Dewhurst Challenged From Right, Again

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The Liberty Institute whose mission is to “defend and restore religious liberty across America — in our schools”, provided some high-powered help to cheerleaders and their parents after Kountze ISD officials banned scripture based run-throughs during football games. The evangelical group with close ties to Tony Perkins and the Family Research Council, has now started a petition to demand Texas Attorney Greg Abbott support the cheerleaders’ right to “cheer on their football team without government censorship”.

 This may be our first insight into how Dewhurst plans to posture himself politically next session as he will have a considerably more conservative Senate to work with. The cheerleaders have already received the public support of their State Representative and Tea Party doll James White. Earlier this year White beat out a more moderate but favorited Republican Committee Chair after they were paired in redistricting.  That loss, as well as Cruz’ defeat of Dewhurst, show the achilles heel of the Texas Republican establishment - there is no middle ground. The establishment has been chipped away at from the inside and within its own primary, pushing even state-wide officials to the right. Groups like Texans for Fiscal Accountability that have challenged RINOs and Moderates in the Republican ranks, now have groups like Stop TLR challenging even their conservative credentials. This poses a problem for Republicans who placated to the Tea Party to win their primary but think they can get reelected without taking strong stances on controversial social issues.  

The Liberty Institute and the Family Reseach Council have recently started a new website called to document what they feel are attacks on religious freedom across America. The groups have been promoting alarmist ideas of Christian victimization stating, “attacks are increasing at an unprecedented rate”. Choosing to exploit people’s faith for political gain could prove disasterous for the Republican Party if moderates, attracted by an economic message, become ostracized.  The cheerleaders, their parents and even members of the football team profess to be the victims of government overreach but they are now facing growing opposition and an active letter writing campaign in support of the district's decision. A secular group of students from nearby Vidor High School spoke out against the official display religious banners. Junior Darren Mattox told KFDM News,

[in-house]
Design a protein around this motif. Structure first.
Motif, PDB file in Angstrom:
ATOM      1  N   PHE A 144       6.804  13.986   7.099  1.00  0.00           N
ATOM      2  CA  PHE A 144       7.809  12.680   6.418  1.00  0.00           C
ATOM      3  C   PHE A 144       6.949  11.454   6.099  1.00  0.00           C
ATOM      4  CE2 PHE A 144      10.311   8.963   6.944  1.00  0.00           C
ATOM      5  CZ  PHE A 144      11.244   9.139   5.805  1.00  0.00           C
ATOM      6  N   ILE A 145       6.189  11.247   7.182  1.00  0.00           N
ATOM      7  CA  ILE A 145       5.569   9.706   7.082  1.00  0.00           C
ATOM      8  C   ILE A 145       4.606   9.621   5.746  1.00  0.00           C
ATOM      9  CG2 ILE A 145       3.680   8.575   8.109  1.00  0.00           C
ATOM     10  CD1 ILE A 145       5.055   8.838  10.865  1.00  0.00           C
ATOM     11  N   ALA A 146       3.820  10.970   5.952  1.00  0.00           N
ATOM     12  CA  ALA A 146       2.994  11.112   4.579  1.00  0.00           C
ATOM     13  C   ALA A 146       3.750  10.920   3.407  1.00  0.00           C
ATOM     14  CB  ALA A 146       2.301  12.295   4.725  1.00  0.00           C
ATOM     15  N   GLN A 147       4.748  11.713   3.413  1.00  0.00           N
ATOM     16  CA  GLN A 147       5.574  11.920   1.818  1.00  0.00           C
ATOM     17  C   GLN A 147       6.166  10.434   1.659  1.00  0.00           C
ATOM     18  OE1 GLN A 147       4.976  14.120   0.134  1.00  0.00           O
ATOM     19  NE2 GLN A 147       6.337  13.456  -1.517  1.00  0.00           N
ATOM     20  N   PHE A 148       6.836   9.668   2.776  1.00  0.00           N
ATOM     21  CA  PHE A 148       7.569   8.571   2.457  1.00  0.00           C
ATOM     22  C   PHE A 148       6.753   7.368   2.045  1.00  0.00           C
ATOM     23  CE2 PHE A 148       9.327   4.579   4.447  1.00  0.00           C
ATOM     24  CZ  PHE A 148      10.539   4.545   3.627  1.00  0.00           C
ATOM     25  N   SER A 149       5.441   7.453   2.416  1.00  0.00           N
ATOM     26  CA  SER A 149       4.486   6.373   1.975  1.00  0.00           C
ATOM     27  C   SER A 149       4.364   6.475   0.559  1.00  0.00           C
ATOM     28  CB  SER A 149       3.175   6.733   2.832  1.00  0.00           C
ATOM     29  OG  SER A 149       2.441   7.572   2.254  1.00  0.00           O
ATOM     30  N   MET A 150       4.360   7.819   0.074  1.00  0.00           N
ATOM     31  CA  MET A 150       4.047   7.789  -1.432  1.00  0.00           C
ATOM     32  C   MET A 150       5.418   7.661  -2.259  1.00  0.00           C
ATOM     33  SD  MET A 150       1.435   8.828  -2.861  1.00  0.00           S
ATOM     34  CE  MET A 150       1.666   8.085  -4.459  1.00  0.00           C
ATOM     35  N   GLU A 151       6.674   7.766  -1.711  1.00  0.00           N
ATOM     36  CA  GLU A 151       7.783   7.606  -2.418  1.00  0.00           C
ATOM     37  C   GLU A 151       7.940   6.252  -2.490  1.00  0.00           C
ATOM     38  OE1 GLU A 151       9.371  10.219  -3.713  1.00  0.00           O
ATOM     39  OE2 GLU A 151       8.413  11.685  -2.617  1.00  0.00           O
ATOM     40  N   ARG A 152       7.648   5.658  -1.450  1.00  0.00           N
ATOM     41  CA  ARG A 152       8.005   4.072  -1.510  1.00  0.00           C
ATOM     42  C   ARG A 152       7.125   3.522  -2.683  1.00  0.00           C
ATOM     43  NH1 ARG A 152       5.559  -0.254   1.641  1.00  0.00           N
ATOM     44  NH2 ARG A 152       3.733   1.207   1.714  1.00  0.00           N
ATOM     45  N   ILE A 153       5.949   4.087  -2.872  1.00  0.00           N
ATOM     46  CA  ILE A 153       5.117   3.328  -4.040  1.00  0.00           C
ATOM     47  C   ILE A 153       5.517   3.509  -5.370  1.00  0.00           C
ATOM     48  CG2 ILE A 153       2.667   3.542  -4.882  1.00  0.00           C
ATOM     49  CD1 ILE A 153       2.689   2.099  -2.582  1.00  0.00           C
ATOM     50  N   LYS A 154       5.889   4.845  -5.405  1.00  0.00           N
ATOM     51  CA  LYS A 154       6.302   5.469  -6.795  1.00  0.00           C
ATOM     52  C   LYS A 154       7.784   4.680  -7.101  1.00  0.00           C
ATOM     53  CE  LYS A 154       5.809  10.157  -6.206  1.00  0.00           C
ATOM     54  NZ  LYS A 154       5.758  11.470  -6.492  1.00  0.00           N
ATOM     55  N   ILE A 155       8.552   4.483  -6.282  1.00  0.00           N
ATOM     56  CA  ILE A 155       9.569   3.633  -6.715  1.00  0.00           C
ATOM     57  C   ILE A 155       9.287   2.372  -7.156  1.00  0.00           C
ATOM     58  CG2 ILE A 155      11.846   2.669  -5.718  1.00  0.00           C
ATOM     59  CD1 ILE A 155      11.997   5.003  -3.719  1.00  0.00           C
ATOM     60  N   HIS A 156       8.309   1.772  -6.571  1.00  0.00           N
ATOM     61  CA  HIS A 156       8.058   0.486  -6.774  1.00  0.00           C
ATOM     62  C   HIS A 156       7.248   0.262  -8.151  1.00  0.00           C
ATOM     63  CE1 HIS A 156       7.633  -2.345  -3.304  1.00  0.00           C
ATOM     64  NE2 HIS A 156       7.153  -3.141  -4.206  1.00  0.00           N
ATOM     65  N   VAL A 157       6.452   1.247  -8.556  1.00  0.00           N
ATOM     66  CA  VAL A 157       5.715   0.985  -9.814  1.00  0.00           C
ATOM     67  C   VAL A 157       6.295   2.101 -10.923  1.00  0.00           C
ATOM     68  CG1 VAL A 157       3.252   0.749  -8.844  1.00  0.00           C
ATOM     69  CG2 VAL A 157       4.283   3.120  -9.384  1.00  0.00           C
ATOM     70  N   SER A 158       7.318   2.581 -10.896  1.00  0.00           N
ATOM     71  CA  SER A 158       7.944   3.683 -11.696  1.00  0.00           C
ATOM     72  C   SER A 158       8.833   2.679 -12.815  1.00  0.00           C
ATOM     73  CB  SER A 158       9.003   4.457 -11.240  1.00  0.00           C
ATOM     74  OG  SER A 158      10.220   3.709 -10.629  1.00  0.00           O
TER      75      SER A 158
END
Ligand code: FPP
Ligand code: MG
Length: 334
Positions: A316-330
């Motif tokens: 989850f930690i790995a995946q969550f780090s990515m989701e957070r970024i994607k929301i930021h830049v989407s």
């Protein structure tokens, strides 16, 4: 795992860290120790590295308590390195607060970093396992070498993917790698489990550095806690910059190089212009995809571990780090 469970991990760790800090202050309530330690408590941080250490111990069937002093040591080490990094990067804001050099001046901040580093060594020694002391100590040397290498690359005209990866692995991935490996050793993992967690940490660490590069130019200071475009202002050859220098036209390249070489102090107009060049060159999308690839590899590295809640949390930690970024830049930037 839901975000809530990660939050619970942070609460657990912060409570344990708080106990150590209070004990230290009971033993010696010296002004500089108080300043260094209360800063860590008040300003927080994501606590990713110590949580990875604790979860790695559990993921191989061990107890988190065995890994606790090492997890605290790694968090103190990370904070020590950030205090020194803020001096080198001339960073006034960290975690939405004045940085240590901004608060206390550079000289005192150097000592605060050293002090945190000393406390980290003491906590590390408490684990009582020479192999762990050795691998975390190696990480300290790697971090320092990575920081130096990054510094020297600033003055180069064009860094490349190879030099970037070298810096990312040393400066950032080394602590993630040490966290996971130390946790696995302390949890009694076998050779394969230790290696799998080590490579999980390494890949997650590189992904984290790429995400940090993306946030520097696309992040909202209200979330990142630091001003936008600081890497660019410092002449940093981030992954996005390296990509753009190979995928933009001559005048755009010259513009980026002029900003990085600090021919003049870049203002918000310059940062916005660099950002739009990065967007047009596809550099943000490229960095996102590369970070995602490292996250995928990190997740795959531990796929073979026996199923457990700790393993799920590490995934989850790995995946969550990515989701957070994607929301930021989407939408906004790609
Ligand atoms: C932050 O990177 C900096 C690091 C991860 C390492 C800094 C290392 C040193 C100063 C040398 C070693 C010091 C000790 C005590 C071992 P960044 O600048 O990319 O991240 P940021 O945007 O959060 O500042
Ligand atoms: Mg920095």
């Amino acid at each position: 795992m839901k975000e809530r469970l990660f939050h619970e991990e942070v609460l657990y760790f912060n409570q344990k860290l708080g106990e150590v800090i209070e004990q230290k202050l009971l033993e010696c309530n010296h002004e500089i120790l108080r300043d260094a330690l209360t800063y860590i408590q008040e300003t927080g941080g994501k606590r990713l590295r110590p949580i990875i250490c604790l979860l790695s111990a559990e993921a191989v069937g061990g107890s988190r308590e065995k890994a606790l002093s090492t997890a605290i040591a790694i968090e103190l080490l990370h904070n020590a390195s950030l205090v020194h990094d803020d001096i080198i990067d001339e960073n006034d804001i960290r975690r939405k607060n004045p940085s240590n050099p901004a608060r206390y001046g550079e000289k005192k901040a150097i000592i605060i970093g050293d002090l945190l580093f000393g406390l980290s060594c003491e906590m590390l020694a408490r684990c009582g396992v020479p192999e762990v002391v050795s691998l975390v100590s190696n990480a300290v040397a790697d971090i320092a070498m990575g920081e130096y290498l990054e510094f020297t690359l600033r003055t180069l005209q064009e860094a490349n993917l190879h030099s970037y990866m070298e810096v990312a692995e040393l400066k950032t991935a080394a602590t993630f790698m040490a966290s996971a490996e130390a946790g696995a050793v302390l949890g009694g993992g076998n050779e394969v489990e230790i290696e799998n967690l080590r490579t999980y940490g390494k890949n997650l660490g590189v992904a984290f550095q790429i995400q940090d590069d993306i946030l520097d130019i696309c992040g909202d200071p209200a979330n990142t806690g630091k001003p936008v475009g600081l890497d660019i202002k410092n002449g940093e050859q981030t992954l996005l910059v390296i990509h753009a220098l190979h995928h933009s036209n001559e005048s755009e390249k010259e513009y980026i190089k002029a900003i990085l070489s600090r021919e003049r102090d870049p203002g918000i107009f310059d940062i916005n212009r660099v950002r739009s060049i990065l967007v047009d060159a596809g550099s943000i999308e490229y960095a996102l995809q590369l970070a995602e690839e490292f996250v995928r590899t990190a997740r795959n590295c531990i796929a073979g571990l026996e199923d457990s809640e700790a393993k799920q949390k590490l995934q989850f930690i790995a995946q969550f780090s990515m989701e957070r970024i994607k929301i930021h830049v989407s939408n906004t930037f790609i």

My initial thought was that I do support it, but when you dig deeper into it, you realize that they are representing the school and that it's not really Constitutionally right for them to represent the school in that manner,

  The national Freedom From Religion Foundation is the organization that sparked the controversy when it sent a letter to Kountze ISD on Sept. 17th calling for an end to the "serious and flagrant violation of the First Amendment." The group said, "No Student should be made to run through a religious banner. The practice offends non-Christians and non-believers alike."  The actions of the students violate the law as interpreted in Sante Fe Independent School District vs. Doe in which the U. S. Supreme Court ruled that speech,

 More below the jump...

on school property, at school-sponsored events, over the school's public address system, by a speaker representing the student body, under the supervision of school faculty, and pursuant to a school policy that explicitly and implicitly encourages public prayer,

  are not private, but public speech. Furthermore it concluded that,  

Regardless of the listener's support for, or objection to, the message, an objective Santa Fe High School student will unquestionably perceive the inevitable pre game prayer as stamped with her school's seal of approval.

 In other words such actions by students in an official capacity violate the Establishment Clause of the U.S. Constitution. Despite the letter of the law the Liberty Institute continues to claim,  

This is a quintessential example of students private speech being censored unnecessarily by uninformed school officials. This is a well-established principle of constitutional law that students don’t have to shed their constitutional rights of free speech when they enter the schoolhouse gate.

 For those interested in the facts, students of any creed or religious are free to express their faith on signs from the stands or as a part of non-school sponsored activities. Instead of informing misguided citizens and taxpayers about the Establishment Clause and its purpose of ensuring separation of church and state, conservative politicians are flirting with a powder keg of political clout that could blow up in their face.  Dewhurst will have to decide to stand for the rights of all Texans as the state’s top lawyer or sucumb to the forces pulling his party apart from the right.

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